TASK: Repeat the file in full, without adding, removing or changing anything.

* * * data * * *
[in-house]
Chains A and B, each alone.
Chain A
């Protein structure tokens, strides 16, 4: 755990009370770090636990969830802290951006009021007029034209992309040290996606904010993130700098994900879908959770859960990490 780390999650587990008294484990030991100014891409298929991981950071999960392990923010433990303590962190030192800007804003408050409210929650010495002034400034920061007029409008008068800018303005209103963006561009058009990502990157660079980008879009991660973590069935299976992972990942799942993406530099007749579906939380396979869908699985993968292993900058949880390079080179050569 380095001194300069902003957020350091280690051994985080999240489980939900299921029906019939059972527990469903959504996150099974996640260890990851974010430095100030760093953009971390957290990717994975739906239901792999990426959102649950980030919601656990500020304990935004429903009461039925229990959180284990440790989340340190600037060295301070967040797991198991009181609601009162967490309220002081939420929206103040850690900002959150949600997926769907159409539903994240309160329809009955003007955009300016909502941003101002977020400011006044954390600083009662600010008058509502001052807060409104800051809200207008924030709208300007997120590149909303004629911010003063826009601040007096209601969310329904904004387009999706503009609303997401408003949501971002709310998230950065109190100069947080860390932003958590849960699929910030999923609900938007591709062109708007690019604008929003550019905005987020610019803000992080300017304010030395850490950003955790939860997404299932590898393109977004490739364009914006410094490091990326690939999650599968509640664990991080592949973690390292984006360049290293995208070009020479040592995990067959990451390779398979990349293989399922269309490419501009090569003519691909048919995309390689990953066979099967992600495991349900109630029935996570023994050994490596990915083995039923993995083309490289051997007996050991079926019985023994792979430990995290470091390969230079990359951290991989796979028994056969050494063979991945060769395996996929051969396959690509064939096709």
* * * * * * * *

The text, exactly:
[in-house]
Chains A and B, each alone.
Chain A
């Protein structure tokens, strides 16, 4: 755990009370770090636990969830802290951006009021007029034209992309040290996606904010993130700098994900879908959770859960990490 780390999650587990008294484990030991100014891409298929991981950071999960392990923010433990303590962190030192800007804003408050409210929650010495002034400034920061007029409008008068800018303005209103963006561009058009990502990157660079980008879009991660973590069935299976992972990942799942993406530099007749579906939380396979869908699985993968292993900058949880390079080179050569 380095001194300069902003957020350091280690051994985080999240489980939900299921029906019939059972527990469903959504996150099974996640260890990851974010430095100030760093953009971390957290990717994975739906239901792999990426959102649950980030919601656990500020304990935004429903009461039925229990959180284990440790989340340190600037060295301070967040797991198991009181609601009162967490309220002081939420929206103040850690900002959150949600997926769907159409539903994240309160329809009955003007955009300016909502941003101002977020400011006044954390600083009662600010008058509502001052807060409104800051809200207008924030709208300007997120590149909303004629911010003063826009601040007096209601969310329904904004387009999706503009609303997401408003949501971002709310998230950065109190100069947080860390932003958590849960699929910030999923609900938007591709062109708007690019604008929003550019905005987020610019803000992080300017304010030395850490950003955790939860997404299932590898393109977004490739364009914006410094490091990326690939999650599968509640664990991080592949973690390292984006360049290293995208070009020479040592995990067959990451390779398979990349293989399922269309490419501009090569003519691909048919995309390689990953066979099967992600495991349900109630029935996570023994050994490596990915083995039923993995083309490289051997007996050991079926019985023994792979430990995290470091390969230079990359951290991989796979028994056969050494063979991945060769395996996929051969396959690509064939096709």